Mining explorer Heron Resources has been forced to hold a spill of its board of directors after suffering a shareholder revolt at its annual general meeting.
Heron suffered a so-called “second strike” at the meeting on Friday, with almost 70 per cent of votes cast against the company’s remuneration report.
The company, which is focused on developing its Woodlawn zinc-copper project, south of Goulburn in NSW – will now need to call a spill meeting within 90 days.
It suffered a first strike a year ago.
A strike occurs when less than 75 per cent of shareholders vote in favour of the company’s remuneration report.
In a statement, Heron said the vote against the company at Friday’s AGM had been led by Canadian investment group Sprott Inc, which brought a more than 10 per cent stake in the company from BHP Billiton in August.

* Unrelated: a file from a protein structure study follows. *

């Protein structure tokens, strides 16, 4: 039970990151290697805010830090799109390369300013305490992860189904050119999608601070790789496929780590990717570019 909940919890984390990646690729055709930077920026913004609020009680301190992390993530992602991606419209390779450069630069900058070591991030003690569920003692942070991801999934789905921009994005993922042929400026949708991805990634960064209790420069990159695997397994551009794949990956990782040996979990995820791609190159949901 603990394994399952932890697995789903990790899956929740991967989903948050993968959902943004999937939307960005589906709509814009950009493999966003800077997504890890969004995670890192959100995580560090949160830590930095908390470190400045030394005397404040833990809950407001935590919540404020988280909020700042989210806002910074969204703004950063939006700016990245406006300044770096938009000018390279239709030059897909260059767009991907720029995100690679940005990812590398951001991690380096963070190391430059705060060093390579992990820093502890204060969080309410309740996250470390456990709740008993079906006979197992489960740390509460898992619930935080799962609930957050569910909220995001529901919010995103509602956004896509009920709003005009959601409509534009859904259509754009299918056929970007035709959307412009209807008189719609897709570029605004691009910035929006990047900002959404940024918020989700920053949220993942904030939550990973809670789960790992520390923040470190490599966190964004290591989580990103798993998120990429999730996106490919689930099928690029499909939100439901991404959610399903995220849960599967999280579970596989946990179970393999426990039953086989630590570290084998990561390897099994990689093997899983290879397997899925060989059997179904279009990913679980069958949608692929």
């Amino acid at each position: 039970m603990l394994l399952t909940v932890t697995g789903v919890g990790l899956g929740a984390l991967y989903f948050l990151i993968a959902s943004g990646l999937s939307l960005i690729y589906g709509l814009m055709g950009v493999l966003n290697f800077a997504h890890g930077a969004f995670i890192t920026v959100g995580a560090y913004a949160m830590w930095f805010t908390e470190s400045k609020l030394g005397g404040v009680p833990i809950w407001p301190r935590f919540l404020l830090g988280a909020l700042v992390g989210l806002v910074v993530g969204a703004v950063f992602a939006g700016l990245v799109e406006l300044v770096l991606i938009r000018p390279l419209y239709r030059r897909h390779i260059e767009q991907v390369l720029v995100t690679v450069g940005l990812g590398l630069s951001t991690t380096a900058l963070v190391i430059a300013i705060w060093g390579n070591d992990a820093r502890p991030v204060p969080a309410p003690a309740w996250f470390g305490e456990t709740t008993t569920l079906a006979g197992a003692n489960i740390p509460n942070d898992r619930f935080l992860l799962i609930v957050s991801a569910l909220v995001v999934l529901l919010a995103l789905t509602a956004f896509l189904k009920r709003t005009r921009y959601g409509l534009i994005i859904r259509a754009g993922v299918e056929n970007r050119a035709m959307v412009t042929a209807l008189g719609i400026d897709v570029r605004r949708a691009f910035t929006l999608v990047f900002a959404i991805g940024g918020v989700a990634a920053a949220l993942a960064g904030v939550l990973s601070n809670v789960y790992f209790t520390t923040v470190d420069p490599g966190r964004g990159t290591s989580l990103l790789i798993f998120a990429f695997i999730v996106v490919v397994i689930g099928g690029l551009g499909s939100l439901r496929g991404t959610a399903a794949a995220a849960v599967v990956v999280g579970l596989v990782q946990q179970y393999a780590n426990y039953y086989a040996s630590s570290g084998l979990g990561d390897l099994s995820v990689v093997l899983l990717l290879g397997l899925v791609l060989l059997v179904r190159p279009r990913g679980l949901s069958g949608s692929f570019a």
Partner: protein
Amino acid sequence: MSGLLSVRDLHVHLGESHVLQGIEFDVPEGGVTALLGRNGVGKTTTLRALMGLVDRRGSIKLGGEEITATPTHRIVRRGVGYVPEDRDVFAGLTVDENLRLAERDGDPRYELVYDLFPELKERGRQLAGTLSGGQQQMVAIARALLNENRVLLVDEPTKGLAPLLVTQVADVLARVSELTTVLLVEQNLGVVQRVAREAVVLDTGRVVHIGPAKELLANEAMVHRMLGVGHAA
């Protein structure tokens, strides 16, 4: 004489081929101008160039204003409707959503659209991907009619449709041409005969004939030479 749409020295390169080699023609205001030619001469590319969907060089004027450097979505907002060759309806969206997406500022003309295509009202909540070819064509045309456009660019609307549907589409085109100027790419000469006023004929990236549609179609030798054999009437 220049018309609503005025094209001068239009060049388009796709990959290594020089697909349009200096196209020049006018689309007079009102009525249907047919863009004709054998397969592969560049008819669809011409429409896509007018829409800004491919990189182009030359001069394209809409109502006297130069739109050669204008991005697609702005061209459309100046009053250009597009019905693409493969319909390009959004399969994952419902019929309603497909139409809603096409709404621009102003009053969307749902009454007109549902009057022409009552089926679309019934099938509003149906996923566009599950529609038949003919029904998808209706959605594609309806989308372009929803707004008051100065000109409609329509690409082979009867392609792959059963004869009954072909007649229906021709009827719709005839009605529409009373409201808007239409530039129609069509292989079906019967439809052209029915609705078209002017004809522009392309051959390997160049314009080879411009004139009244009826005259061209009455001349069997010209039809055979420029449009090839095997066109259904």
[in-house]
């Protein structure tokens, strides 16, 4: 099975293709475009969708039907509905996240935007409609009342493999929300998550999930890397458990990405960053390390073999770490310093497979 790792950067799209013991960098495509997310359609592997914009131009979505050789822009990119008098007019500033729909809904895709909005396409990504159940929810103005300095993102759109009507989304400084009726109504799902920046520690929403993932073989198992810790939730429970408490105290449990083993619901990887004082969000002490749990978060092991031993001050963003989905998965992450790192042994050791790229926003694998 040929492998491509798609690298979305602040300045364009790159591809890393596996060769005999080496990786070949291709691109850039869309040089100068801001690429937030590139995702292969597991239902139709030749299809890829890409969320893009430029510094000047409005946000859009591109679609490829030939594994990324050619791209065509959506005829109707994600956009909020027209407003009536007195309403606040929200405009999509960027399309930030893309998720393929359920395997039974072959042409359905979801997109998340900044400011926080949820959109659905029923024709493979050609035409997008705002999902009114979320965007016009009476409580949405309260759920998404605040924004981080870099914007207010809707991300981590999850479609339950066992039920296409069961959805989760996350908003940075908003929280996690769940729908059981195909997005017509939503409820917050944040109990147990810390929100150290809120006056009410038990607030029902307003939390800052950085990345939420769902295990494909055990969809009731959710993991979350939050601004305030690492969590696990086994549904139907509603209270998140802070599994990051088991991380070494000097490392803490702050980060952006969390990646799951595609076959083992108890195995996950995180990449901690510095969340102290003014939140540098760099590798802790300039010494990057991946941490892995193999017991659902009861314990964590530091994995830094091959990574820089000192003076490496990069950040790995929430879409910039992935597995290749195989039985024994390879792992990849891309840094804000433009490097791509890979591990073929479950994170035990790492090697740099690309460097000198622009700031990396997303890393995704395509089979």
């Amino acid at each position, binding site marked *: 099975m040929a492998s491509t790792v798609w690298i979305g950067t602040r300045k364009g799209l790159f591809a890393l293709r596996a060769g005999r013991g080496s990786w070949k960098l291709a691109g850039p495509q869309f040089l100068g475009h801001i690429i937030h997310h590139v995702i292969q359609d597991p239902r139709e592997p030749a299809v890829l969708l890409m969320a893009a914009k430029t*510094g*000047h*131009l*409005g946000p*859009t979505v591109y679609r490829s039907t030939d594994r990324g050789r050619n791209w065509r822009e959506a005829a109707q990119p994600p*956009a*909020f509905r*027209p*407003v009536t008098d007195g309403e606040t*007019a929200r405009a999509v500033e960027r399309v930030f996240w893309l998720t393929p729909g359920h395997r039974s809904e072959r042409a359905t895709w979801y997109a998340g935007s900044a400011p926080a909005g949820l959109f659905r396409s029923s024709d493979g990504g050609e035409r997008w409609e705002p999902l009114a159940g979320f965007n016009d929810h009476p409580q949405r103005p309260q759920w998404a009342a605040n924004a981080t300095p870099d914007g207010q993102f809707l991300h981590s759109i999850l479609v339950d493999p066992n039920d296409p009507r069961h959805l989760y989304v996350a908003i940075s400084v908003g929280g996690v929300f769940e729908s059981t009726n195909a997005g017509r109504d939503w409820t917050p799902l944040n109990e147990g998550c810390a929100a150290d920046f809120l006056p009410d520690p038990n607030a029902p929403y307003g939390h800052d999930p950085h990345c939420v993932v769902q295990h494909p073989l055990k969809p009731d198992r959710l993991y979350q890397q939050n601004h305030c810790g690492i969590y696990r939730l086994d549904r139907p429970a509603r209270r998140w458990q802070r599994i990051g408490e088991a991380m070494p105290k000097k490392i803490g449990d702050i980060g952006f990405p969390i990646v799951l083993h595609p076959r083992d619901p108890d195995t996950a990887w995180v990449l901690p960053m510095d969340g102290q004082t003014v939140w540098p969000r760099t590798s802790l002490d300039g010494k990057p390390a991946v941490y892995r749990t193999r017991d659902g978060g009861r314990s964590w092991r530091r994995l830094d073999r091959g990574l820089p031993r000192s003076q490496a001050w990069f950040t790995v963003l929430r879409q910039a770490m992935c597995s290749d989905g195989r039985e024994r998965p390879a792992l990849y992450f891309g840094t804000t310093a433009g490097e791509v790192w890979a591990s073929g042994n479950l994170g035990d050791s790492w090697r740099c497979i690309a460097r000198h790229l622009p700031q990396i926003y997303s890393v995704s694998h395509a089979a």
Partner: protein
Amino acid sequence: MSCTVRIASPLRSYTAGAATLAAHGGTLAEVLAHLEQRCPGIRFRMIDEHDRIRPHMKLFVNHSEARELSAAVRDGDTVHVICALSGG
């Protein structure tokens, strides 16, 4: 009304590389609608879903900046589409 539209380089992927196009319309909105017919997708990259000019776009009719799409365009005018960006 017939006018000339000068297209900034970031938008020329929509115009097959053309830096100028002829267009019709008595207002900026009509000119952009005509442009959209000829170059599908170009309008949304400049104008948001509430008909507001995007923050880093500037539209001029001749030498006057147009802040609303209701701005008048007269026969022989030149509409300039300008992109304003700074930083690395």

Sprott is looking to have three nominees elected to the board of directors at the spill meeting.
Heron said the company had cut executive and board pay 25 per cent in the past year and urged shareholders to vote against the Sprott bid.
“Shareholders should be careful to ensure control of their company does not inadvertently pass to a group acting in their own interest during the Board Spill Meeting,” chairman Craig Redhead said.